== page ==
Responding to a proposal that each university degree student undertakes a final entrepreneurial project, Jean-Pierre Clamadieu, CEO of Belgian chemical group Solvay, who said, " the EU’s single market has delivered much alignment and simplification, but it’s not yet where we’d like to be. So on this we are really with you young people. Simple rules applying for all of Europe is certainly something we are ready to fight for, with your support.”
Clamadieu was impressed with the ideas in the pitches. “I like the interest in entrepreneurship. This is exactly what we need, people willing to create value. If a large number of students have the willingness to complete their studies with an entrepreneurial project it would help us make this much more common throughout Europe, so well done.”
The EU’s single market has delivered much alignment and simplification, but it’s not yet where we’d like to be. So on this we are really with you young people. Simple rules applying for all of Europe is certainly something we are ready to fight for, with your support” Solvay CEO Jean-Pierre Clamadieu
He told the students, “We need you; we need young talent to join our organisations.”
Czech MEP Martina Dlabajová said that when she asked during her very first speech as a politician, what businesses would like to hear from her, one businessman answered: "Nothing. Just listen."
Dlabajová added, “And he was completely right. This is not only the case for business but also for young people, the ones we are supposedly creating the future for. In a rapidly-changing world, there is little that can still seize our attention and inspire us. In my view, one of the few exceptions is an engaging human story of young talents.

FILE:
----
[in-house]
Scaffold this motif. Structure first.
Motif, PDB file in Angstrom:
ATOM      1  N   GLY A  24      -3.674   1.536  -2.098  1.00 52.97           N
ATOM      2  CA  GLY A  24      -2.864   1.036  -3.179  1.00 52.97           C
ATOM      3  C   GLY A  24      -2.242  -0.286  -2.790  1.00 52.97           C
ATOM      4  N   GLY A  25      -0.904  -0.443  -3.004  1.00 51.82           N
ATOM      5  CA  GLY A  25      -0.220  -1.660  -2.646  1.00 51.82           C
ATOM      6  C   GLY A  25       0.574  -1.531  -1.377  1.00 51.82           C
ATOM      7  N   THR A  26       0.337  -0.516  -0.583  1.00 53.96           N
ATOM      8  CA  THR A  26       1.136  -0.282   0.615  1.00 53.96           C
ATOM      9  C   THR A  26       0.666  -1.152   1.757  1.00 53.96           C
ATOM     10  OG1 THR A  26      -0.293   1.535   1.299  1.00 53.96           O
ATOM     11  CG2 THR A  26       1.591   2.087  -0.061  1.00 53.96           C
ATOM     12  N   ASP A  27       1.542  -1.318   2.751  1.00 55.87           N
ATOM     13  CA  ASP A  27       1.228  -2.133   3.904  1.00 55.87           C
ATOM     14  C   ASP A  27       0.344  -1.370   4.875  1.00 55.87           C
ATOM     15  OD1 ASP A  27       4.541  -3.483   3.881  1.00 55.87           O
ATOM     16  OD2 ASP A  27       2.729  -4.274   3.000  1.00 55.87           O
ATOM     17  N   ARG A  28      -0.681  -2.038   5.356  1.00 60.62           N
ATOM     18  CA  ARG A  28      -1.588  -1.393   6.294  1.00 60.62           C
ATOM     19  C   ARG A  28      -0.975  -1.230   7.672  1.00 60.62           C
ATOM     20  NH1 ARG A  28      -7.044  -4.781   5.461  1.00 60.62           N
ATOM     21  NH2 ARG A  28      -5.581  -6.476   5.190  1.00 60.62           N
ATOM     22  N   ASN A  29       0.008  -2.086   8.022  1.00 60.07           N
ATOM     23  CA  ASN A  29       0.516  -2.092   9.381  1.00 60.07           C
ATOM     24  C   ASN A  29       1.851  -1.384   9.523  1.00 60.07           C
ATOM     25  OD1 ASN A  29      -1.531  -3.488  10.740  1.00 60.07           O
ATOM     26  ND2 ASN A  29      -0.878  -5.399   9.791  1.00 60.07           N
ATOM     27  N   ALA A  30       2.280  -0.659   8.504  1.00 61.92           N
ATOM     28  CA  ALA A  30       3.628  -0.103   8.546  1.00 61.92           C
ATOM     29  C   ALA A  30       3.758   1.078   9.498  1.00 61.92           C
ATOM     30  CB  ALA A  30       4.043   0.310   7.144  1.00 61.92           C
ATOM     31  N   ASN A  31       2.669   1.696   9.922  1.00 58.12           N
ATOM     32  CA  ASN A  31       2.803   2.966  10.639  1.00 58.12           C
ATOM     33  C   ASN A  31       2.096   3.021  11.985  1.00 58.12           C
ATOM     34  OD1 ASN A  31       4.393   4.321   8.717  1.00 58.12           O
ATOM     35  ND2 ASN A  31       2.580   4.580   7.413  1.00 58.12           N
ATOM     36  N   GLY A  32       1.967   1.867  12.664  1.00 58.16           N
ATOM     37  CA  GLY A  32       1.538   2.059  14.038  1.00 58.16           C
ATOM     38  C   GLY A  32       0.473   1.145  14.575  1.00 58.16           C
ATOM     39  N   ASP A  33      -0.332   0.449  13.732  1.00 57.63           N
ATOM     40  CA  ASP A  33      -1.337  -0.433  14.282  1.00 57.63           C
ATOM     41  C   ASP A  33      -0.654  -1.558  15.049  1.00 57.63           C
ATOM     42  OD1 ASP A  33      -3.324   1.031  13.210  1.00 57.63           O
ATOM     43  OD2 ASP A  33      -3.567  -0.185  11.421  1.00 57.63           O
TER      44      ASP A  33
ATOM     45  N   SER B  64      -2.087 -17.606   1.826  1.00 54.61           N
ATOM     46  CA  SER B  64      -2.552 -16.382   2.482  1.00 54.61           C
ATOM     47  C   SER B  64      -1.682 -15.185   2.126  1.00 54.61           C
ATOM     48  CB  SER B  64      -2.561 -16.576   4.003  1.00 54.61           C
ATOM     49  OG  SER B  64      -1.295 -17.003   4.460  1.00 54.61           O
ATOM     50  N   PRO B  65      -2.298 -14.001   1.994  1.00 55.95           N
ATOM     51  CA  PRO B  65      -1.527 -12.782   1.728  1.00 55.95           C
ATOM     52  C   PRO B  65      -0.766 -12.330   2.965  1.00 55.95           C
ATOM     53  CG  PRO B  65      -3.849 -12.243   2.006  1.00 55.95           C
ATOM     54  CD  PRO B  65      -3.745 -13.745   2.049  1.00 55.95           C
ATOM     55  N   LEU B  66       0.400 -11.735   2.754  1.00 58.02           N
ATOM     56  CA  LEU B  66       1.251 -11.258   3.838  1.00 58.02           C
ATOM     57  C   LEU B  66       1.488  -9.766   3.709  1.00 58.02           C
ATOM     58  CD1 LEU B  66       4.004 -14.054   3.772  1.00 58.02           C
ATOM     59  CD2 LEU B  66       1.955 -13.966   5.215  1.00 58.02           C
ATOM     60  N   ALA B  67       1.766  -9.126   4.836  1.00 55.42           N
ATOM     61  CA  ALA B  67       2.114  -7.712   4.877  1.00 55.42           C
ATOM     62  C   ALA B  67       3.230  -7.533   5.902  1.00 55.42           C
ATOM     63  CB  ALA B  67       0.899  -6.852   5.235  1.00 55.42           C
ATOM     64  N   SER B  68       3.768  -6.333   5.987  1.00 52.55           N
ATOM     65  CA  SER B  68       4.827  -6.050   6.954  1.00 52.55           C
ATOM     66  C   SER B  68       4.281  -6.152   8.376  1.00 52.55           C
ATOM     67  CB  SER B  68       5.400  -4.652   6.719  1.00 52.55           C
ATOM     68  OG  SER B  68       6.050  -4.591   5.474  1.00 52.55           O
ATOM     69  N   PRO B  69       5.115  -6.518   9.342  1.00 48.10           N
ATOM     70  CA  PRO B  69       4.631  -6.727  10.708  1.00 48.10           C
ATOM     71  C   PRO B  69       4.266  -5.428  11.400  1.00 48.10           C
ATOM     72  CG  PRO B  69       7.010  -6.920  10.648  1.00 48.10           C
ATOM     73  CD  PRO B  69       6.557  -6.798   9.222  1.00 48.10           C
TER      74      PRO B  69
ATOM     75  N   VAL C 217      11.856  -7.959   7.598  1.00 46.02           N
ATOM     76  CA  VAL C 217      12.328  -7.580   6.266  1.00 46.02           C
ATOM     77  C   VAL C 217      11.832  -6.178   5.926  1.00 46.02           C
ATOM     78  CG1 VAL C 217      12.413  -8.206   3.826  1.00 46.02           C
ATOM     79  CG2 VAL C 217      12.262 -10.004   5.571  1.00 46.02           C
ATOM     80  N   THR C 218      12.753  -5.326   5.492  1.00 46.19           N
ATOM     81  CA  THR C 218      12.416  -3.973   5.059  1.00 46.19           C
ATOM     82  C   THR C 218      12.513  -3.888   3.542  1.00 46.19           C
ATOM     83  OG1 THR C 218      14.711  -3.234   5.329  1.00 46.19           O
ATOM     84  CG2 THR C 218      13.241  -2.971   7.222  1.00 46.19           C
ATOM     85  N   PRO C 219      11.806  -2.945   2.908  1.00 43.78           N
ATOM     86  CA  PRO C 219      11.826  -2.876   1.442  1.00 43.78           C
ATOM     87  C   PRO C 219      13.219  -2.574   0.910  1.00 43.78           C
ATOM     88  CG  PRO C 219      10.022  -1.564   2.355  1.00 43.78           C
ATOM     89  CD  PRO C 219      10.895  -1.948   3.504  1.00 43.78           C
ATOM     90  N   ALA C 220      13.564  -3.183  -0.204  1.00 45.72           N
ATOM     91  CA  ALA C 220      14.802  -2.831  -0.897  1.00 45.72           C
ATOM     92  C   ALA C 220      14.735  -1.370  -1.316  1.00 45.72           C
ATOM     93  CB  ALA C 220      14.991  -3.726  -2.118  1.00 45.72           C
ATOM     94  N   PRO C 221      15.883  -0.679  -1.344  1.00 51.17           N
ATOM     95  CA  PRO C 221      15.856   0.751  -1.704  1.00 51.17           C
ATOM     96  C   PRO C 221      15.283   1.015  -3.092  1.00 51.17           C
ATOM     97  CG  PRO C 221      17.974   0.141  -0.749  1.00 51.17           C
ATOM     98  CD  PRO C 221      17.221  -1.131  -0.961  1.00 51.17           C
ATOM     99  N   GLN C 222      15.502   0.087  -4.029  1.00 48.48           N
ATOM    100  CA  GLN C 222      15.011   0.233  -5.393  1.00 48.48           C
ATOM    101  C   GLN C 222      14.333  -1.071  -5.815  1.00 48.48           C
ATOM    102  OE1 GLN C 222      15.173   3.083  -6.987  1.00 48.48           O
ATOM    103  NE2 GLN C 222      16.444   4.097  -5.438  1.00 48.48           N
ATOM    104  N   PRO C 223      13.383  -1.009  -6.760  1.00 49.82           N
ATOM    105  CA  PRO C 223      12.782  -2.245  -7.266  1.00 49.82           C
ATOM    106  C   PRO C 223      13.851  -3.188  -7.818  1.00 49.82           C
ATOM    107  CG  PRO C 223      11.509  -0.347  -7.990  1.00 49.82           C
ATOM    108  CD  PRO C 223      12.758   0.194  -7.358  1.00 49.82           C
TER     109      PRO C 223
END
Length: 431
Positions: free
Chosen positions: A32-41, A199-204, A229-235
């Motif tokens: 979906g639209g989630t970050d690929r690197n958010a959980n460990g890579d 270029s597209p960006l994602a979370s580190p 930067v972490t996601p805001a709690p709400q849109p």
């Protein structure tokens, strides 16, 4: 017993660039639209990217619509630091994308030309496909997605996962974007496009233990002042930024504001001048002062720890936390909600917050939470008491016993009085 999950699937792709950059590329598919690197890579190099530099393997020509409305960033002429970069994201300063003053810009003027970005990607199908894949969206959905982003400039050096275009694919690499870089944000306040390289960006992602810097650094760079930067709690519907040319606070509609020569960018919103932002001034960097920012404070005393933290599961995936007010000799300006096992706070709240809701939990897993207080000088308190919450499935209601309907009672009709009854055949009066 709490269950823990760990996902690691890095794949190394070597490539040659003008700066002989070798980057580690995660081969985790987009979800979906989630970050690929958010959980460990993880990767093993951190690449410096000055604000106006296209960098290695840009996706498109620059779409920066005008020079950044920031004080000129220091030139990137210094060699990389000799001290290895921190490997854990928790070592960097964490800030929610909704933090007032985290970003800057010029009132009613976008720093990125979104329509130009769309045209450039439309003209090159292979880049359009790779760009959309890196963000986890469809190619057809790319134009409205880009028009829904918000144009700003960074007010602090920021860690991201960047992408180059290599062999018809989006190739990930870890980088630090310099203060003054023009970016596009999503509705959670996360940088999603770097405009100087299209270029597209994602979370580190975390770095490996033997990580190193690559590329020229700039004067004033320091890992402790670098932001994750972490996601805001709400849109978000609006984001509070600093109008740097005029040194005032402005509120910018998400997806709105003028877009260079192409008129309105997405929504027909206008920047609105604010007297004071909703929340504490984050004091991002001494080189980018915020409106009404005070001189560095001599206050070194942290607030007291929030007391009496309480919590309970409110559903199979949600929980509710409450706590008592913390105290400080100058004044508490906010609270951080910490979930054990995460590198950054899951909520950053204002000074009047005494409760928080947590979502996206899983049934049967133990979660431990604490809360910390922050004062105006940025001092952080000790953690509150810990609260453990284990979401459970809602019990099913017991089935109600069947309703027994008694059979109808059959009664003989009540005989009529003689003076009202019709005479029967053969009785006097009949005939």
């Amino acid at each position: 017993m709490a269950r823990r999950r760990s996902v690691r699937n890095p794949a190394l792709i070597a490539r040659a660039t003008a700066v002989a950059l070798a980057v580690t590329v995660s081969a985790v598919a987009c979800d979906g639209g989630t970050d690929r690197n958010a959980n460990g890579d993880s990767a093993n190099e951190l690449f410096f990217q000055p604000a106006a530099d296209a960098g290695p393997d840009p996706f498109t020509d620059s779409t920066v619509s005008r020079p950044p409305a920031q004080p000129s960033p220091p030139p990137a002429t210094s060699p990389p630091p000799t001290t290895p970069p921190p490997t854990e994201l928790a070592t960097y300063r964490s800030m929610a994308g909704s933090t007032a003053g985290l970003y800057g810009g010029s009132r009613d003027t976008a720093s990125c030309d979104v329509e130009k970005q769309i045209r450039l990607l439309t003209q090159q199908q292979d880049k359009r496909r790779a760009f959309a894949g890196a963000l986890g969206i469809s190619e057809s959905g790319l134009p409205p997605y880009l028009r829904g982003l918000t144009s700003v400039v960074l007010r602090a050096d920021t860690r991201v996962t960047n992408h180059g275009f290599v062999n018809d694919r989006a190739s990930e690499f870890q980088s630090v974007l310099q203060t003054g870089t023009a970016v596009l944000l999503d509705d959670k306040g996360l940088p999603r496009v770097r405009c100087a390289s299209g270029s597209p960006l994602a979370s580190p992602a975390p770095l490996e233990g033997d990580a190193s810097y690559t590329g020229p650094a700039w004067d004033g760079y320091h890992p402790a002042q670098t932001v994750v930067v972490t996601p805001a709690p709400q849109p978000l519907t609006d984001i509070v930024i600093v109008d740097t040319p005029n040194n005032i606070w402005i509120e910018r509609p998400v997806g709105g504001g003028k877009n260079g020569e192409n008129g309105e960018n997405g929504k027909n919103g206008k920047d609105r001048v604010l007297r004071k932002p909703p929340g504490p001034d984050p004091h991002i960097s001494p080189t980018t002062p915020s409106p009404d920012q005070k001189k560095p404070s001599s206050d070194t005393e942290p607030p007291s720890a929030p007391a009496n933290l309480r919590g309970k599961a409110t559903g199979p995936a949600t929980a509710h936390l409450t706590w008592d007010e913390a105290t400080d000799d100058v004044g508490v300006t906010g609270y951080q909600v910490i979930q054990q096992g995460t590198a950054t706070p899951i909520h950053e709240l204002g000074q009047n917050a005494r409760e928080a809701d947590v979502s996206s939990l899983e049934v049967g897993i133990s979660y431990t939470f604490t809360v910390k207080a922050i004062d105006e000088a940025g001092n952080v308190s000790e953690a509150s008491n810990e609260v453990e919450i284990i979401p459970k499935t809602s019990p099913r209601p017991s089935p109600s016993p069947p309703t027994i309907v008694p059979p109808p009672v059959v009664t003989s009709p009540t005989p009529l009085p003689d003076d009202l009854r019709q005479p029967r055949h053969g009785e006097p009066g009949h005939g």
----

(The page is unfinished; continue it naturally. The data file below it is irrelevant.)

“This is why I set up my own project of motivational traineeships called WhyNot? We give them the opportunity to look past school stereotypes, look at the outside world and learn from professionals.”
Tanya Hristova, head of the Bulgarian delegation in the CoR, outlined some of the youth-focussed initiatives she had recently been involved with.
"In a rapidly-changing world, there is little that can still seize our attention and inspire us. In my view, one of the few exceptions is an engaging human story of young talents" Martina Dlabajová MEP
She called on the young people present to remain engaged and entrepreneurial and to keep working on solutions for Europe’s societal challenges.
“I would like to join other speakers in saying that we need young people like you; motivated and insisting that people listen. If you ask me why Europe matters it is because of you young people.”
In the closing speech, European education, culture, youth and sport Commissioner Tibor Navracsics highlighted that the survey had “confirmed that investing in education is an important way to improve youth participation. Your survey, and our latest Eurobarometer survey on youth earlier this year, shows how eager young people are to learn more about opportunities available to them and how eager they are to benefit from them.
He added, “An entrepreneurial mind-set enables young people to be actors in the labour market and in society as a whole; architects of their own lives and helping build the resilient, cohesive communities we need to tackle our major challenges.”
Navracsics urged the young people present to vote in next year’s European elections, saying, “This is an opportunity to make your voice heard. Every vote counts, including - yours. Vote, be vocal, participate. And, finally, take the results of the Why Europe Matters project further, for a better and stronger Europe.”
Download the JA Europe/European Round Table of Industrialists (ERT) Why Europe Matters - Youth Speak Up event brochure.
The PAPIRUS project tested Public Procurement of Innovation in the field of energy efficiency of buildings and developed educational tools on proper implementation of PPI, explains Paweł...
Urban regeneration is not an easy task, but when sustainable energy is involved, it becomes more complicated. FosterREG shows how to overcome difficulties, says Paweł Nowakowski.
Europe needs to do more to ‘switch on’ to entrepreneurship education, writes Caroline Jenner.